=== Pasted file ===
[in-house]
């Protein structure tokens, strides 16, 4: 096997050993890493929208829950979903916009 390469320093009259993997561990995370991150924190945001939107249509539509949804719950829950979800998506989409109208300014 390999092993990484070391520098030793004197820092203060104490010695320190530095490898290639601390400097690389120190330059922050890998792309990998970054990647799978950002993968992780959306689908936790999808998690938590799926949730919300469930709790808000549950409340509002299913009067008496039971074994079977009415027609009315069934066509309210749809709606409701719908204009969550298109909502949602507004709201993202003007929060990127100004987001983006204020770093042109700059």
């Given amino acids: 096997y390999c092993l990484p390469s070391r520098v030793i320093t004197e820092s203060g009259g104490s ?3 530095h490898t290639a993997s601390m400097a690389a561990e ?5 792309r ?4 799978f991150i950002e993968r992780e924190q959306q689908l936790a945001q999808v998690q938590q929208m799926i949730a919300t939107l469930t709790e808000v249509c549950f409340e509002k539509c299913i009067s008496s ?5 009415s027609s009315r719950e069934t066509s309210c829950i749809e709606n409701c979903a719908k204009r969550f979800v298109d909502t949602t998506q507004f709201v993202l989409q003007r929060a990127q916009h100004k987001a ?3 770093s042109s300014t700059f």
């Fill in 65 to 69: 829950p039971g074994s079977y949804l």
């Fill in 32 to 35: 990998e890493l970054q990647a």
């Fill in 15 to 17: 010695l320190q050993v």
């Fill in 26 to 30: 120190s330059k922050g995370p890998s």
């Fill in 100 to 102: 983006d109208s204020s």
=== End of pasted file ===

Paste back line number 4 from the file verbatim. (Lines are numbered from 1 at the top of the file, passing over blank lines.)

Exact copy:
């Fill in 65 to 69: 829950p039971g074994s079977y949804l």